Yesterday, in my write-up of Stephen King’s The Stand: The Complete and Uncut Edition, I talked about Trashcan Man finding acceptance and community (albeit among devotees to the evil Randall Flagg). On page 619, which was part of what I read from The Stand last night, I read the following:
“Trashcan Man dug into his eggs, feeling warm and good inside. This warmth and goodness was so foreign to his nature that it almost felt like a disease. As he ate he tried to isolate it, understand it. He looked up, looked at the faces around him, and thought he might understand what it was. Happiness. What a good bunch of people, he thought. At the heels of that: I’m home.”
Trashcan Man is happy because he has finally found a place where he can make a contribution, where he feels welcomed and accepted, something he never felt before in his harsh life. But is he home? Or do these people only accept him on account of the contribution he can make to Flagg’s cause?
I’d like to ramble some about community. To be honest, I really did not hear “community” discussed all that frequently before I went to DePauw University. That may be because my family was only sporadically involved in churches, and the churches that we did attend did not emphasize “community” all that much. They may have talked about the importance of getting along with each other, and they had their share of pot-lucks. But I rarely heard sermons about how we should be more of a community—about how it’s important that we live our Christian lives together. An exception would probably be Ron Dart’s sermons about how we can’t really keep the Feast of Tabernacles alone, since the Feast is about God’s people coming together.
But, at DePauw University, I heard the word “community” tossed around a lot. Most of the students at DePauw were in fraternities or sororities, with the result that people were segregated from each other, as students primarily hung around those in their houses. (At least that was a concern when I went there.) DePauw tried to redress this at times by shoving campus-wide picnics down our throats. Basically, our student ID cards would not work in the cafeterias, and so we had to eat at the campus-wide picnic if we were to eat at all. (I waited until late at night to eat, which was when my card went back to working at the cafeteria.) That was DePauw’s way of bringing the entire campus together. I also attended talks about community and how we can build it.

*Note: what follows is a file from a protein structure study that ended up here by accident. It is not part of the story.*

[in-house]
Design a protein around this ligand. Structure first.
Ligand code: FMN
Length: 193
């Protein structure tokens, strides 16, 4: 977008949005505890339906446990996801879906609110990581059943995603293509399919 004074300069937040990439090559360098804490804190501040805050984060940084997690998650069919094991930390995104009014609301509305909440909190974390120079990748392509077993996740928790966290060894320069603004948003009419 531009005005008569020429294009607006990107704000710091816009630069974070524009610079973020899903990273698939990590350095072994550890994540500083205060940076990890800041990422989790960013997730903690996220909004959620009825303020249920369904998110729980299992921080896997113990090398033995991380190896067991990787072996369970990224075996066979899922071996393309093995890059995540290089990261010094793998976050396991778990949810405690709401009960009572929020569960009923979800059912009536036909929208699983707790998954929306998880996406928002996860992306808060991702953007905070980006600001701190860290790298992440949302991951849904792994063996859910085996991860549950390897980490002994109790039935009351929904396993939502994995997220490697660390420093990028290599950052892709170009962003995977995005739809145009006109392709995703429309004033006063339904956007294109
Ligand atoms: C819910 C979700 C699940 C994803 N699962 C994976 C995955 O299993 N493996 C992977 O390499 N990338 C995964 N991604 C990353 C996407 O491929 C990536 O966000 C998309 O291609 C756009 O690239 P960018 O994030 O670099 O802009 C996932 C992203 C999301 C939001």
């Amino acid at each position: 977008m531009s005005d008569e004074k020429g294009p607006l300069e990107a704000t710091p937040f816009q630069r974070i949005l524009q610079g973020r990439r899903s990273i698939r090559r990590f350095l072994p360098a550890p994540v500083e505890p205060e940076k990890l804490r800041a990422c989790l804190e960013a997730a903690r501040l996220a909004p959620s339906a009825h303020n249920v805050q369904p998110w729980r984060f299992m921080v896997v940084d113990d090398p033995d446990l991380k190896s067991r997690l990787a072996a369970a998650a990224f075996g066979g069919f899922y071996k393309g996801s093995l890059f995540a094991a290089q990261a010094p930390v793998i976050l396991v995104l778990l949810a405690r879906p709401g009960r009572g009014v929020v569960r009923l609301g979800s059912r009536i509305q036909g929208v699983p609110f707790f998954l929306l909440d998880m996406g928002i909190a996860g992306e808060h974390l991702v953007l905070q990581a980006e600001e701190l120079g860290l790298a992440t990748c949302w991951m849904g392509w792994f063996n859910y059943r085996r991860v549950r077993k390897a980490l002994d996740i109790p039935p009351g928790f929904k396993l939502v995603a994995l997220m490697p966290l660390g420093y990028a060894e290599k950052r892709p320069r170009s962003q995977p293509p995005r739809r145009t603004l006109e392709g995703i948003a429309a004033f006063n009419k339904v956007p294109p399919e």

When I went to Harvard Divinity School, the term “community” was tossed around there, as well. A professor addressed us and said that scholarship is not just about doing research in libraries, but it entails interaction with colleagues. When I attended Redeemer Presbyterian Church in New York City, Tim Keller stressed the importance of community—of small groups, service groups, etc. One lady who taught there told her class that the Sermon on the Mount is not about how we should go out and interact with the world, but it’s about how we as a church community should interact with each other. I seriously doubt that her point was that Christians should not practice the principles of the Sermon on the Mount outside of the church community. Rather, I think she was disputing that church is a place where we get instructions about how to live, and then we go out (on our own) and try to put into practice those instructions. For her, church is a community, where we interact with each other.
For some reason, I did not hear the word “community” tossed around that much at Jewish Theological Seminary or at Hebrew Union College. Many people there realize that having some sort of network is helpful, but the term “community” was not shoved down my throat at these institutions, in comparison with other places I have been.
The reason that I tend to recoil from “community” is that, whenever I hear the term, my initial thought is not, “Oh boy, people here are going to work on making sure that everybody is welcomed and accepted, and feels right at home.” Rather, my thought is, “Oh no, I’m going to be pressured to socialize, and that will put me into a situation where I feel rejected or ignored.”
A big reason I like my church is that I do not feel pressured to socialize, but I do feel welcome and cared for. And so my church is a community, even though it does not toss the word around a whole lot. It tries to make people feel welcome and included, but it does not idolize “doing the Christian life together”, or being in a small group.